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1.  P53 and Cancer-Associated Sialylated Glycans Are Surrogate Markers of Cancerization of the Bladder Associated with Schistosoma haematobium Infection 
Background
Bladder cancer is a significant health problem in rural areas of Africa and the Middle East where Schistosoma haematobium is prevalent, supporting an association between malignant transformation and infection by this blood fluke. Nevertheless, the molecular mechanisms linking these events are poorly understood. Bladder cancers in infected populations are generally diagnosed at a late stage since there is a lack of non-invasive diagnostic tools, hence enforcing the need for early carcinogenesis markers.
Methodology/Principal Findings
Forty-three formalin-fixed paraffin-embedded bladder biopsies of S. haematobium-infected patients, consisting of bladder tumours, tumour adjacent mucosa and pre-malignant/malignant urothelial lesions, were screened for bladder cancer biomarkers. These included the oncoprotein p53, the tumour proliferation rate (Ki-67>17%), cell-surface cancer-associated glycan sialyl-Tn (sTn) and sialyl-Lewisa/x (sLea/sLex), involved in immune escape and metastasis. Bladder tumours of non-S. haematobium etiology and normal urothelium were used as controls. S. haematobium-associated benign/pre-malignant lesions present alterations in p53 and sLex that were also found in bladder tumors. Similar results were observed in non-S. haematobium associated tumours, irrespectively of their histological nature, denoting some common molecular pathways. In addition, most benign/pre-malignant lesions also expressed sLea. However, proliferative phenotypes were more prevalent in lesions adjacent to bladder tumors while sLea was characteristic of sole benign/pre-malignant lesions, suggesting it may be a biomarker of early carcionogenesis associated with the parasite. A correlation was observed between the frequency of the biomarkers in the tumor and adjacent mucosa, with the exception of Ki-67. Most S. haematobium eggs embedded in the urothelium were also positive for sLea and sLex. Reinforcing the pathologic nature of the studied biomarkers, none was observed in the healthy urothelium.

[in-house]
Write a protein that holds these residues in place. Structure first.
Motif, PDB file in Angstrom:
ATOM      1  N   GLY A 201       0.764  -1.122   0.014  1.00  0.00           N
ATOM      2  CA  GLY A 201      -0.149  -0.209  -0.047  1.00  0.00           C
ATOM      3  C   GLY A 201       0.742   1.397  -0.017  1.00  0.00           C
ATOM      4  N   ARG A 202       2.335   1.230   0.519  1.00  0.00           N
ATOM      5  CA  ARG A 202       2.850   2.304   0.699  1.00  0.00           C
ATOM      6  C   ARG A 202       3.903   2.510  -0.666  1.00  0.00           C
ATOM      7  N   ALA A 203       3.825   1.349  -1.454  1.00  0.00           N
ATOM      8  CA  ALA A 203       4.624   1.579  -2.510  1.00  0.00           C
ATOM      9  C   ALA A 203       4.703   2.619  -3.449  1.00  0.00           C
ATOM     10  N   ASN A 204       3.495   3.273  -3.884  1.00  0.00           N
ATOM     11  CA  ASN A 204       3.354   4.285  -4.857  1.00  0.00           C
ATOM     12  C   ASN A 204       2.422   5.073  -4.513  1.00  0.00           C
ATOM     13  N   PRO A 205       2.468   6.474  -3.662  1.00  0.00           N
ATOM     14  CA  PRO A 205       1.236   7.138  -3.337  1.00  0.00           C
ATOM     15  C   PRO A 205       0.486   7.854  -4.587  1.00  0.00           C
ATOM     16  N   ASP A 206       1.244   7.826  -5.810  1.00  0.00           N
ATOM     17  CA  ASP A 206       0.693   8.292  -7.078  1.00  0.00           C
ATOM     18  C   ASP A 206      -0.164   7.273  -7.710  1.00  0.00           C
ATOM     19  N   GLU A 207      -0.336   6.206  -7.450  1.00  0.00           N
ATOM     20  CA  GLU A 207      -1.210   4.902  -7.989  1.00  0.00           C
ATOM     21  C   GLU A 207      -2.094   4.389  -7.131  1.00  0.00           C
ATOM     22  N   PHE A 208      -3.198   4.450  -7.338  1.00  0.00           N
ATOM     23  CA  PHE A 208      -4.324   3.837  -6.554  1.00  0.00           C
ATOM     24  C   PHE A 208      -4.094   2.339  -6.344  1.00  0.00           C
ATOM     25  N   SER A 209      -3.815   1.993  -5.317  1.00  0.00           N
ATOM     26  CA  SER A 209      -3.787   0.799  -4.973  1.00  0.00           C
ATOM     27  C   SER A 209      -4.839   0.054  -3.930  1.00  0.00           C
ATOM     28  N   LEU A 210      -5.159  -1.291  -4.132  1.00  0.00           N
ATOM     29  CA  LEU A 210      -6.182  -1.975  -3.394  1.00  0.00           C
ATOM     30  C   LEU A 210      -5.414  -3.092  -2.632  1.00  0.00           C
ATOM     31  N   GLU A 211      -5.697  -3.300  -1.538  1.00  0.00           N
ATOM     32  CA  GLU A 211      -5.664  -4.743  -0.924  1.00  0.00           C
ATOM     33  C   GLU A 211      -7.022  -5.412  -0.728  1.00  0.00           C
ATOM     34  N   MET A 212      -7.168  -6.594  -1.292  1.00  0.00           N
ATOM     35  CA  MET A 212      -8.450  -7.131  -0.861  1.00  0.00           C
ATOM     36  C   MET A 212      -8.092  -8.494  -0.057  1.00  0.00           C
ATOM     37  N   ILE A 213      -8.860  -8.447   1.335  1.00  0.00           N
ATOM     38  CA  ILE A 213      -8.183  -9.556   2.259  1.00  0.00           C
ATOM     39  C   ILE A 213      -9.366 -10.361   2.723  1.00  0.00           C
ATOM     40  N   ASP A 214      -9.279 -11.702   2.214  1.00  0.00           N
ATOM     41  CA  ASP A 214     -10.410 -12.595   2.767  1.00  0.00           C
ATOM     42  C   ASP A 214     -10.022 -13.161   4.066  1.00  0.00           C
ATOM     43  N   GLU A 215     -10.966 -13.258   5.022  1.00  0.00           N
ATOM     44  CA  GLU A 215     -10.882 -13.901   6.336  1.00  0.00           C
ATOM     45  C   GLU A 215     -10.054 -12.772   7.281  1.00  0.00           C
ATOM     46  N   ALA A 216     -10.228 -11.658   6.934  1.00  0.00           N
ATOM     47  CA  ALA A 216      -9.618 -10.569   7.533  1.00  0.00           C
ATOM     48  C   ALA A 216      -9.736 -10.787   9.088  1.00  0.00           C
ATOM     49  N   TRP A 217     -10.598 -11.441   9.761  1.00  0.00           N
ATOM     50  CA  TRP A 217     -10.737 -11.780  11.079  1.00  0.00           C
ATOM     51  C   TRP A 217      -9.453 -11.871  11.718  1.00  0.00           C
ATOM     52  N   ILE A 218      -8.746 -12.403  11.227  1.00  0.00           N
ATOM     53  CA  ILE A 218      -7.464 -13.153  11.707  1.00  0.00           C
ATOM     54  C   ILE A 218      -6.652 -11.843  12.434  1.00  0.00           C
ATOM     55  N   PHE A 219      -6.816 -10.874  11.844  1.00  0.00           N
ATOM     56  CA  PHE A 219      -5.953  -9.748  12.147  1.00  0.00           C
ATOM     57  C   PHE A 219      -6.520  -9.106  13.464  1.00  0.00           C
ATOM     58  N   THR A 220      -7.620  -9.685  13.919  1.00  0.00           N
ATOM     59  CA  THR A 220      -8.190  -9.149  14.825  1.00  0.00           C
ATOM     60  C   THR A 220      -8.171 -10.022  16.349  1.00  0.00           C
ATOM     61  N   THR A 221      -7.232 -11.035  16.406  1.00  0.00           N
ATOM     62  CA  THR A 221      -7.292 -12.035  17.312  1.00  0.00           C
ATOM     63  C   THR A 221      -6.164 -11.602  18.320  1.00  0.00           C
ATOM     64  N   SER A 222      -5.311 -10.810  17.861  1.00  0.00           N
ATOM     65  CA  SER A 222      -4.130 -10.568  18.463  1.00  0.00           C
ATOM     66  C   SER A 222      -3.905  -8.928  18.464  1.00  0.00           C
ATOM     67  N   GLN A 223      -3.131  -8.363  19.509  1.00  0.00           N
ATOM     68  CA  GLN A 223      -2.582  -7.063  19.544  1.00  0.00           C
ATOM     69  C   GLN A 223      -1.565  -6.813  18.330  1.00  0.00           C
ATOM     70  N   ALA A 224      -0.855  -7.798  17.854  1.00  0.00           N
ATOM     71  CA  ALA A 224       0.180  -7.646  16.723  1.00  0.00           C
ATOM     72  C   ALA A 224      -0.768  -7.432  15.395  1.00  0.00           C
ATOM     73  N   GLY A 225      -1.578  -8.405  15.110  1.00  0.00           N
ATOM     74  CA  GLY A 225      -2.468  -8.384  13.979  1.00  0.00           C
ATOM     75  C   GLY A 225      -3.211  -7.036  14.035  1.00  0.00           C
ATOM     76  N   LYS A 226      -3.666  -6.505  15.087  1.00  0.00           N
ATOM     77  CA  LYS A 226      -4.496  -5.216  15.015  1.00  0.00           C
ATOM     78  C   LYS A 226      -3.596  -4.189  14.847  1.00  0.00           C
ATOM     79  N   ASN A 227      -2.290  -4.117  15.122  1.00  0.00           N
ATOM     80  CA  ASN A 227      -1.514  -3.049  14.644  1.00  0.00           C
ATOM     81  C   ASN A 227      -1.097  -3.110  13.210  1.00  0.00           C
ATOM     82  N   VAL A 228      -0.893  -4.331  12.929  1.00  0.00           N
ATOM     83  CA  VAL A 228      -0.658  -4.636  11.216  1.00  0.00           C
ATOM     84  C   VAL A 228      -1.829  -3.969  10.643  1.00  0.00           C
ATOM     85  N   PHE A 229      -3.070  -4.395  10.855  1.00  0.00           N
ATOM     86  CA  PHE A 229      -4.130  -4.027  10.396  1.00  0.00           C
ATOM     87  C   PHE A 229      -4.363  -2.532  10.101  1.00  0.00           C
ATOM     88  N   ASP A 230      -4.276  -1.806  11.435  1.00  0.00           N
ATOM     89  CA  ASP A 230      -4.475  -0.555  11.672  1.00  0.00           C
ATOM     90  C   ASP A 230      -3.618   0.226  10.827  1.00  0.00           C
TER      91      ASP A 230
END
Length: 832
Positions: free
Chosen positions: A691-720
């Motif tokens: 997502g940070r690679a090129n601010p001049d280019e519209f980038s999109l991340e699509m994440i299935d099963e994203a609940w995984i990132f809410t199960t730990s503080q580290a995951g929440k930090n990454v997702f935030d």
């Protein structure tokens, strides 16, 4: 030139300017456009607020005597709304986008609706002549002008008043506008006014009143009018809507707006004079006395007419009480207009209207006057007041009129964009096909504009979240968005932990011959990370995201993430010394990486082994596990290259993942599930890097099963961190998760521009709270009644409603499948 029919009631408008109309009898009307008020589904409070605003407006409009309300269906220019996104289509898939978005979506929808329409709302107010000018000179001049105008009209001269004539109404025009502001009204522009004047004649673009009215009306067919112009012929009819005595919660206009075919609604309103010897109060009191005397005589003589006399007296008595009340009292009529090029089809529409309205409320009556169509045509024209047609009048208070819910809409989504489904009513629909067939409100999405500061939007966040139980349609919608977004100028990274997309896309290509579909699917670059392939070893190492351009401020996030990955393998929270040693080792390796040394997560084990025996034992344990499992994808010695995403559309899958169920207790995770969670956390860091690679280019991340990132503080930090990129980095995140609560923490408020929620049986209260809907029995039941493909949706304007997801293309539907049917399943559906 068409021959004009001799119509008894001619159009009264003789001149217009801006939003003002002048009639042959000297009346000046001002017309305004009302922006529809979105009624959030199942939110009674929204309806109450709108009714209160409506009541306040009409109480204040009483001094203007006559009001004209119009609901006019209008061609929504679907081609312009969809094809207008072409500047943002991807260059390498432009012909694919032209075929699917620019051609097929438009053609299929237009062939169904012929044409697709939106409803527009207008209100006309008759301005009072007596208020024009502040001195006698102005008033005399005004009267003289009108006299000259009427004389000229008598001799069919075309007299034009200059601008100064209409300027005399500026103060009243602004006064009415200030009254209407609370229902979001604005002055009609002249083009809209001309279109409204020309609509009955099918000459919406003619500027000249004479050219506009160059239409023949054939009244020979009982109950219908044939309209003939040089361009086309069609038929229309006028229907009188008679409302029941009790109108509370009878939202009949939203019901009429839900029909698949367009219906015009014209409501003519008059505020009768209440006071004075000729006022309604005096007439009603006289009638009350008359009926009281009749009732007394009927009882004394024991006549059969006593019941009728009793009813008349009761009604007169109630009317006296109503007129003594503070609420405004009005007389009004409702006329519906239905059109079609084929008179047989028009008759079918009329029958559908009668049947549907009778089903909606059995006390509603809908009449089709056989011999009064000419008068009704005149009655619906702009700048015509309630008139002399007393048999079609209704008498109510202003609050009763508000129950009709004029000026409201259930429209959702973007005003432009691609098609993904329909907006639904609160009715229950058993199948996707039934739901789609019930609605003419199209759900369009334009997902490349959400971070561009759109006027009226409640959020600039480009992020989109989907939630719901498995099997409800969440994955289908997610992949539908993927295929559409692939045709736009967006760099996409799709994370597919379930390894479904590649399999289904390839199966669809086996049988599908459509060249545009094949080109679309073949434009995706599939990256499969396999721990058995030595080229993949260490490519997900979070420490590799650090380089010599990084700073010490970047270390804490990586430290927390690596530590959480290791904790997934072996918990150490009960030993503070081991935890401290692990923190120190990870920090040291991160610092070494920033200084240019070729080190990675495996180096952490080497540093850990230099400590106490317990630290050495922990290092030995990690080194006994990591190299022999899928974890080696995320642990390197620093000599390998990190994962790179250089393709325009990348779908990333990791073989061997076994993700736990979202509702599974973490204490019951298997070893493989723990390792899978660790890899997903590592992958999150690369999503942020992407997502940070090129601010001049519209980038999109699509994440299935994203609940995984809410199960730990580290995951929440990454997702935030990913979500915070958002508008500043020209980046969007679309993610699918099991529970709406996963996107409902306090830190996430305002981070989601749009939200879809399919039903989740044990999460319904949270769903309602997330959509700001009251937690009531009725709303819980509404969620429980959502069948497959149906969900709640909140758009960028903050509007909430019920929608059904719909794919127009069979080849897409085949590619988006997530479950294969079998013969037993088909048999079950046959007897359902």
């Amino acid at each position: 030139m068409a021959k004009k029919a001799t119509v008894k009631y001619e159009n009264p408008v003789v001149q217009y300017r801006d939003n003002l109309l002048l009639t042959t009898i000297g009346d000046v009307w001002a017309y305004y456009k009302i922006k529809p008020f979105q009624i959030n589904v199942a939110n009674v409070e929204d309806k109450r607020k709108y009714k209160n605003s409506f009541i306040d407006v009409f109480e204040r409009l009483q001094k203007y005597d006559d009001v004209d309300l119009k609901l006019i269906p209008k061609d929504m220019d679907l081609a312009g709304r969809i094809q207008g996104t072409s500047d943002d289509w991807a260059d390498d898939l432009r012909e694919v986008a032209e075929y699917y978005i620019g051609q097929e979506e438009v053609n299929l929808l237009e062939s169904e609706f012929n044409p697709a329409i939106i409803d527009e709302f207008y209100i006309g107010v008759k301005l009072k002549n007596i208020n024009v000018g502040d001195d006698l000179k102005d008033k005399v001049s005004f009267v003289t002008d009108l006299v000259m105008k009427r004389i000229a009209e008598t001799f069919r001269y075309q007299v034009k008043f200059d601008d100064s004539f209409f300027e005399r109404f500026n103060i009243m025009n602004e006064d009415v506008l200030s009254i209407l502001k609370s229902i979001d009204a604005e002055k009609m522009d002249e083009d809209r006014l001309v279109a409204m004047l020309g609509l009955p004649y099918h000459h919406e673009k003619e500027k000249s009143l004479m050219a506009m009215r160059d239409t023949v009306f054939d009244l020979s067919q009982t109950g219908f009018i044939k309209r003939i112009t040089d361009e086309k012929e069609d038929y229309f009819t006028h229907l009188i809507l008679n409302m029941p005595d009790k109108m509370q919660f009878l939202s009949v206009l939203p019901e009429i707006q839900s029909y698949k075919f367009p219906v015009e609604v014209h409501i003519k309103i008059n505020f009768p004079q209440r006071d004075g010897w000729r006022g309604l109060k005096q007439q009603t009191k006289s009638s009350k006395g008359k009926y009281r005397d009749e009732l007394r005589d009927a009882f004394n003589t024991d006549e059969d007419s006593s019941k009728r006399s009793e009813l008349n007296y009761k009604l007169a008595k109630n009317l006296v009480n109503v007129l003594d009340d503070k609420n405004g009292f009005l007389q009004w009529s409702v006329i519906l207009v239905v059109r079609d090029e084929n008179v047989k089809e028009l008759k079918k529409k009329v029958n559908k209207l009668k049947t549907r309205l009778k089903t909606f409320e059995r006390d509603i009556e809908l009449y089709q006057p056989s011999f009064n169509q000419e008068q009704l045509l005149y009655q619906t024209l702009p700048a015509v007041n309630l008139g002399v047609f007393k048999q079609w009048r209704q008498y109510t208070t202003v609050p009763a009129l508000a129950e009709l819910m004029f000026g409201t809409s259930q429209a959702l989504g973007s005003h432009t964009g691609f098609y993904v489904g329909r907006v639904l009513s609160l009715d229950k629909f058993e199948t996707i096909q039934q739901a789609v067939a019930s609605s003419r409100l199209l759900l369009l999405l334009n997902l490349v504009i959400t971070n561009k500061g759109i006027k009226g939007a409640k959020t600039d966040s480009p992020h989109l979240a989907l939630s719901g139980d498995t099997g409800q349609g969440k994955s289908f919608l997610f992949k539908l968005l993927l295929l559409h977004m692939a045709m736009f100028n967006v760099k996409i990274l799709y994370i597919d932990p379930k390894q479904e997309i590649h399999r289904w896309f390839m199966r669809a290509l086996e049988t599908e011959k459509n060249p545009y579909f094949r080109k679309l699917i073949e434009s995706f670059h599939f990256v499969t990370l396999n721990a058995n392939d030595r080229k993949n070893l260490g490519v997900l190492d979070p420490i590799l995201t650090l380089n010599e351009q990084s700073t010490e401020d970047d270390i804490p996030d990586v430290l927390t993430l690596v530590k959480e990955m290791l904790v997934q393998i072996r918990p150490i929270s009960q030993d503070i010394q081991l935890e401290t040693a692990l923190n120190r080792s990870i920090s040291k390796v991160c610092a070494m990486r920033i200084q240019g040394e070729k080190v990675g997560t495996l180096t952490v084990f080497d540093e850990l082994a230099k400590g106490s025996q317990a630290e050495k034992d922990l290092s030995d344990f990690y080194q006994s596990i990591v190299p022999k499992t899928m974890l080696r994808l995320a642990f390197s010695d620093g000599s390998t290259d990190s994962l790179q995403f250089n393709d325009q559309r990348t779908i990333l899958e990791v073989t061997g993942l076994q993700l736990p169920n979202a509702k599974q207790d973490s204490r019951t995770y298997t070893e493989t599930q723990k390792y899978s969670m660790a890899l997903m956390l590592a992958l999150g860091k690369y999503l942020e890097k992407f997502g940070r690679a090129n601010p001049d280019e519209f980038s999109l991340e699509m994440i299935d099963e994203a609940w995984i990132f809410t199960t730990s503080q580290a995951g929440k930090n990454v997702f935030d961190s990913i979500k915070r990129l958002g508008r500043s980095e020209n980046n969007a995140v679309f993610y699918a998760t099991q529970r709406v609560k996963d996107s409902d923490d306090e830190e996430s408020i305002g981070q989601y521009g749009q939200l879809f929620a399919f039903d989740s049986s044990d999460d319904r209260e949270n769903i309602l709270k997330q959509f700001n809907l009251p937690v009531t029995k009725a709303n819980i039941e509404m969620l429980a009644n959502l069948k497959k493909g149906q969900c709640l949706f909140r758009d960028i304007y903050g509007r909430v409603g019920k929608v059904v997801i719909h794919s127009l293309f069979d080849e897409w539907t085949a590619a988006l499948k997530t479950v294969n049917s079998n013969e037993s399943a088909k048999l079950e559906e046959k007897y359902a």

Conclusion/Significance
This preliminary study suggests that p53 and sialylated glycans are surrogate biomarkers of bladder cancerization associated with S. haematobium, highlighting a missing link between infection and cancer development. Eggs of S. haematobium express sLea and sLex antigens in mimicry of human leukocytes glycosylation, which may play a role in the colonization and disease dissemination. These observations may help the early identification of infected patients at a higher risk of developing bladder cancer and guide the future development of non-invasive diagnostic tests.
Author Summary
Epidemiological studies associate infection with S. haematobium, an endemic parasitic flatworm in Africa and the Middle East, with the development of bladder cancer. Nevertheless, little molecular evidence exists supporting this association. This work draws attention to the common molecular pathways underlying these two events, highlighting a potentially unreported link between infection and cancer development. It has been demonstrated that a panel of biomarkers commonly associated with aggressive forms of bladder cancer is also present in non-malignant tissues infected with the parasite. This may offer a means of early identification of people with this parasitic infection who are at risk of developing of bladder cancer, and may guide the establishment of non-invasive diagnostic tests. Furthermore, we observed that parasite eggs mimic the molecular nature of human cells, providing a possible mechanism of immune escape and persistent infection. Such knowledge is considered pivotal to develop novel therapeutic strategies.